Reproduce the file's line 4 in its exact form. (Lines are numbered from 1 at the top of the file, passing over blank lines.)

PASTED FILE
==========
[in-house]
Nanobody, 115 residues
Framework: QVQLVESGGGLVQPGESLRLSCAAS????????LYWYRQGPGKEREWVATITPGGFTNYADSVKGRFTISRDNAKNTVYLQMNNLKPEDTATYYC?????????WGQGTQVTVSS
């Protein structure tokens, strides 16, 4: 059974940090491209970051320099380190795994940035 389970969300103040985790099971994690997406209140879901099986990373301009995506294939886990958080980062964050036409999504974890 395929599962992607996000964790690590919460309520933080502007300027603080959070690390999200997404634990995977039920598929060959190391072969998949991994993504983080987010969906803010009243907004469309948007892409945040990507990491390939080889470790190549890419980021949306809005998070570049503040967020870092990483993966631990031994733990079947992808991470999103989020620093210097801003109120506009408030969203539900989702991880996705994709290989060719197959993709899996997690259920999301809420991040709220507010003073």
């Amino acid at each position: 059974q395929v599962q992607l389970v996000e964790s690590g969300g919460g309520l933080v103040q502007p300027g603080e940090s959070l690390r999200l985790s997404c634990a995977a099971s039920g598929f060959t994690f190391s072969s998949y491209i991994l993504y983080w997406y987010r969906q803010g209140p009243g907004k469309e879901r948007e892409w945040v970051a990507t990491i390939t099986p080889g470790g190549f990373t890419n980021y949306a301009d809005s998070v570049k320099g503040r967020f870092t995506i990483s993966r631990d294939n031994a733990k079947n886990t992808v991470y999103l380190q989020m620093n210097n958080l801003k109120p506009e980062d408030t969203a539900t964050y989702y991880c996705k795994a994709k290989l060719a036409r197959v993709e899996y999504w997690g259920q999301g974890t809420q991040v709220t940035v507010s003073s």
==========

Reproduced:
């Protein structure tokens, strides 16, 4: 059974940090491209970051320099380190795994940035 389970969300103040985790099971994690997406209140879901099986990373301009995506294939886990958080980062964050036409999504974890 395929599962992607996000964790690590919460309520933080502007300027603080959070690390999200997404634990995977039920598929060959190391072969998949991994993504983080987010969906803010009243907004469309948007892409945040990507990491390939080889470790190549890419980021949306809005998070570049503040967020870092990483993966631990031994733990079947992808991470999103989020620093210097801003109120506009408030969203539900989702991880996705994709290989060719197959993709899996997690259920999301809420991040709220507010003073």